Volume 12, Number 37: 16 September 2009
In an article entitled "Population adiposity and climate change," which was published in the International Journal of Epidemiology, Phil Edwards and Ian Roberts of the London School of Hygiene & Tropical Medicine write that "world-wide, over one billion adults are overweight and around 300 million are obese", which state of affairs, they suggest, "has serious implications for health, increasing the risk of type 2 diabetes, cardiovascular disease, stroke and some cancers." What seems to concern them even more, however, are what they call the "serious implications" that the growing body mass index (BMI) of the world's human population have for the temperature of the planet.
Performing a rigorous scientific analysis based on Schofield's (1985) equations, the two researchers "estimated the food energy required to maintain basal metabolic rate in two hypothetical adult populations," one of which had a normal BMI distribution typical of the United Kingdom in the 1970s, and one of which had an overweight BMI distribution such as is expected to prevail throughout the UK in 2010. In addition, they calculated the excess greenhouse gas emissions resulting from the higher fuel energy required for transporting a heavier population.
The results of these exercises indicated that compared with a normal BMI distribution with about 3% of the population being obese, "a population with 40% obese requires 19% more food energy for its total energy expenditure." And they say that "greenhouse gas emissions from food production and car travel due to increases in adiposity in a population of one billion are estimated to be between 0.4 and 1.0 Giga tonnes of carbon dioxide equivalents per year," which Powles (2009) says is roughly equivalent to 1 to 2% of the recent emissions from the total human population. In addition, the latter scientist, who hails from the University of Cambridge's Department of Public Health and Primary Care, writes that "even more consequential than the quantity of food consumed is its composition," i.e., whether it is plant- or animal-derived, as he states that even "if we seek only to achieve the conservative objective of avoiding further long-term increases in greenhouse gas emissions from livestock," it would require "more than halving current [animal product] consumption levels in affluent countries.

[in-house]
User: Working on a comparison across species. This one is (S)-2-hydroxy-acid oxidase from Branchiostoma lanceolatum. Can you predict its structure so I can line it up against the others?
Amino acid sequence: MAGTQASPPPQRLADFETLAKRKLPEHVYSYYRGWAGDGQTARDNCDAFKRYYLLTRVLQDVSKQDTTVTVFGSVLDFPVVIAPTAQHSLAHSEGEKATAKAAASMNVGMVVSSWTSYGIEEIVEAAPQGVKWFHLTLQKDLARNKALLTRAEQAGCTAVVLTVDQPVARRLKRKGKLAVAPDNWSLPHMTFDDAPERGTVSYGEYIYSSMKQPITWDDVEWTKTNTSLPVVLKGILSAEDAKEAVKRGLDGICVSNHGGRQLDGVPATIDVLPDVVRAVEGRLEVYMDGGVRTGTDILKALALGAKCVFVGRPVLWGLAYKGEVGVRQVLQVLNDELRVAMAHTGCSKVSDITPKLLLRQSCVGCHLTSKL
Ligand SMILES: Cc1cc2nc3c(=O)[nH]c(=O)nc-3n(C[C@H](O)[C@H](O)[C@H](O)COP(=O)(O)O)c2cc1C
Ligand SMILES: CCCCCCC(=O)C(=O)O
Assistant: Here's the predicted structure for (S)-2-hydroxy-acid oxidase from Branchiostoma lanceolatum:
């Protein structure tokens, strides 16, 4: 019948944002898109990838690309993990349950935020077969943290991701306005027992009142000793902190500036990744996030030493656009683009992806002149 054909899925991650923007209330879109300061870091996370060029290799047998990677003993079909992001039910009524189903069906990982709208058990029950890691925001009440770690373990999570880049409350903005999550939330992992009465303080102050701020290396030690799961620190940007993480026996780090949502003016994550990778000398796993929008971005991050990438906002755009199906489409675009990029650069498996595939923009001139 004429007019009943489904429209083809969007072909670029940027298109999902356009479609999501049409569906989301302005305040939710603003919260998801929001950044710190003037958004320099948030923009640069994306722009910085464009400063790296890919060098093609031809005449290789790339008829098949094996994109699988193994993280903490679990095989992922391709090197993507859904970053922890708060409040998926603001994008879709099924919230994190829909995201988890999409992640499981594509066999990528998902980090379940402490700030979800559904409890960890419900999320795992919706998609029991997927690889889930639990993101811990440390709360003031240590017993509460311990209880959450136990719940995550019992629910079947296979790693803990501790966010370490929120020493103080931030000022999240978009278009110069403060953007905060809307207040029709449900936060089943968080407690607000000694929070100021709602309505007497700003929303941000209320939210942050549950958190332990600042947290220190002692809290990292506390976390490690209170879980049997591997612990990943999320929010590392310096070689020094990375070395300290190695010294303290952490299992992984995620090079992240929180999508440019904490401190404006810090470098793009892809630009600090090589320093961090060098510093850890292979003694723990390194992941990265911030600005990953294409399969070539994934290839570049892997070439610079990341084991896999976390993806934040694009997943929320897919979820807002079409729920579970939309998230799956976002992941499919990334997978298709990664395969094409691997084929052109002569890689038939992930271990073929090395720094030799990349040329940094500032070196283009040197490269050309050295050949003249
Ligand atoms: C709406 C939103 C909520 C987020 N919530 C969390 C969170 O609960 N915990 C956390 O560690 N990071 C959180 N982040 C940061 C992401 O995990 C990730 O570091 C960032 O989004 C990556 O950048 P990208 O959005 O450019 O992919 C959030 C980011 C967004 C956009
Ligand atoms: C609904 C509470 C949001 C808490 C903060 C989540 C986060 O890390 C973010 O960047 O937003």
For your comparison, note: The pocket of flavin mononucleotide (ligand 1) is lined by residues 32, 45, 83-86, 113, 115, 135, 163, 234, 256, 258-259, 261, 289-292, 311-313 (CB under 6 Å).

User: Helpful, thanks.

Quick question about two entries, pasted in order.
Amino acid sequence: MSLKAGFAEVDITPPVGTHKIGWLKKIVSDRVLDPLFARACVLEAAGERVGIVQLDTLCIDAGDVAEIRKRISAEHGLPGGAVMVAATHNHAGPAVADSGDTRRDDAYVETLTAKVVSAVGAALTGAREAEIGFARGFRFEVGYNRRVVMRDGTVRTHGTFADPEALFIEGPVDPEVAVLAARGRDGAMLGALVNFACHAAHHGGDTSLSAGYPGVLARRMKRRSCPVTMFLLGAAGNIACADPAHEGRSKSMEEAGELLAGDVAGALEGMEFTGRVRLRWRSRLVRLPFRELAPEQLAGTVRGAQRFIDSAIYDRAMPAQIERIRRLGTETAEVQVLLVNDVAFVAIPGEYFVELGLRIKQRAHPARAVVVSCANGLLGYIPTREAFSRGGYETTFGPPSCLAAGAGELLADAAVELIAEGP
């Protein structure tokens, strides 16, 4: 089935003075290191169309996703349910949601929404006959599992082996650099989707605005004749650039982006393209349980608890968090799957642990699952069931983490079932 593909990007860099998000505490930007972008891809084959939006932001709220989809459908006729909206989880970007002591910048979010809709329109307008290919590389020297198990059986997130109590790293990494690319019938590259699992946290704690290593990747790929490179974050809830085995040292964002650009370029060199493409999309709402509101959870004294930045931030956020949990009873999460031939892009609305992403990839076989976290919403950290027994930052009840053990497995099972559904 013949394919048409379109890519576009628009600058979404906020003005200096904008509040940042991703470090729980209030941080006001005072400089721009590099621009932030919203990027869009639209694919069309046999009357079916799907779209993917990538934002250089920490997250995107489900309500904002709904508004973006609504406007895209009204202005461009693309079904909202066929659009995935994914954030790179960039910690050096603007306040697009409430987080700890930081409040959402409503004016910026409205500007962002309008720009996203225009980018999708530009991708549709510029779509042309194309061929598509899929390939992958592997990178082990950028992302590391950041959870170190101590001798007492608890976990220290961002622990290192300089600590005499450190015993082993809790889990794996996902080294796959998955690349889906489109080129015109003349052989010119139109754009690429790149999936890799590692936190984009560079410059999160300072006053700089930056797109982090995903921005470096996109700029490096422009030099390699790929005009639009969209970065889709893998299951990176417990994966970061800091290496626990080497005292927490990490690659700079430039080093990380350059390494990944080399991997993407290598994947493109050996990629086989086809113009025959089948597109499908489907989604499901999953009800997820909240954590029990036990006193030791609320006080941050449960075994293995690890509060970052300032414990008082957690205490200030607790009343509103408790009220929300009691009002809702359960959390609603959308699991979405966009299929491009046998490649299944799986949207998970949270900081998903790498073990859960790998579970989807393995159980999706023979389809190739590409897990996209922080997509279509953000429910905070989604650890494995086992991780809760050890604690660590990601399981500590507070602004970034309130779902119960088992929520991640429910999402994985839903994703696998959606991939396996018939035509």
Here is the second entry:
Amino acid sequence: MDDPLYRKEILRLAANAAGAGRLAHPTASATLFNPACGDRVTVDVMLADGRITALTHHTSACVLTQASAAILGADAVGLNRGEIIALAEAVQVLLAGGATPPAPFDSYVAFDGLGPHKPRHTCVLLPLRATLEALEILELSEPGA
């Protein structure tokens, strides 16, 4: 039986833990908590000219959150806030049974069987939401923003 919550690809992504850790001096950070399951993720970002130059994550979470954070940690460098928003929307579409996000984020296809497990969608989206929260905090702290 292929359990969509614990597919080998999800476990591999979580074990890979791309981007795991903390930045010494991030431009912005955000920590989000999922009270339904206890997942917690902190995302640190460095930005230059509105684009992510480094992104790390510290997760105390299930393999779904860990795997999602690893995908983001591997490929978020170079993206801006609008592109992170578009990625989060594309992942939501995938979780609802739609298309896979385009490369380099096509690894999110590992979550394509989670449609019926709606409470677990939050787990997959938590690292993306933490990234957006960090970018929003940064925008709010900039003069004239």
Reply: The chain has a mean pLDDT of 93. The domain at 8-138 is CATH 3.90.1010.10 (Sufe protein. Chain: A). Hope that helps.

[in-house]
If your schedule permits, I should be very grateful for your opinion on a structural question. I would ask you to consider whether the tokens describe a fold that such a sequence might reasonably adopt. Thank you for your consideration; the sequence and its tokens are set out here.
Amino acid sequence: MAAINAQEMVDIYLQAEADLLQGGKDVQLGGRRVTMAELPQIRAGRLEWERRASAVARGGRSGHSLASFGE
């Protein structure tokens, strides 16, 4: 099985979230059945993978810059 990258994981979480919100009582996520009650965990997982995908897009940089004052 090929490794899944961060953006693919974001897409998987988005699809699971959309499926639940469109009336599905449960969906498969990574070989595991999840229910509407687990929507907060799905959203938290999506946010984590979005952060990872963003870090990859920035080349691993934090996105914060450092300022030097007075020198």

Based on these several observations, Edwards and Roberts conclude that "increased population adiposity, because of its contribution to climate change from additional food and transport greenhouse gas emissions, should be recognized as an environmental problem." And, as we all know, problems -- especially environmental problems of a global nature that are claimed by climate alarmists to be caused by CO2-induced warming -- absolutely demand solutions. Consequently, viewed in this light, their closing comment -- i.e., their claim that their "assertion that increasing population adiposity will result in an increase in greenhouse gas emissions is justifiable" -- becomes rather scary; for it makes one wonder: justifiable for what?
Could it ever ultimately come to imply (paraphrasing Randy Newman, in a not-so-funny way) that Fat People Got No Reason to Live? Who knows? Powles quotes Reijnders and Soret (2003) as saying that "absolute dietary freedom could soon [italics added] become a luxury." And when you believe you're attempting to save something as grandiose as life on earth as we know it (or used to know it), almost any means can be construed to justify the end.
Sherwood, Keith and Craig Idso
Edwards, P. and Roberts, I. 2009. Population adiposity and climate change. International Journal of Epidemiology 38: 1137-1140.
Powles, J. 2009. Commentary: Why diets need to change to avert harm from global warming. International Journal of Epidemiology 38: 1141-1142.
Reijnders, L. and Soret, S. 2003. Quantification of the environmental impact of different dietary protein choices. American Journal of Clinical Nutrition 78 (Suppl 3): 664S-668S.
Schofield, W.N. 1985. Predicting basal metabolic rate, new standards and review of previous work. Human Nutrition, Clinical Nutrition 39 (Suppl 1): 5-41.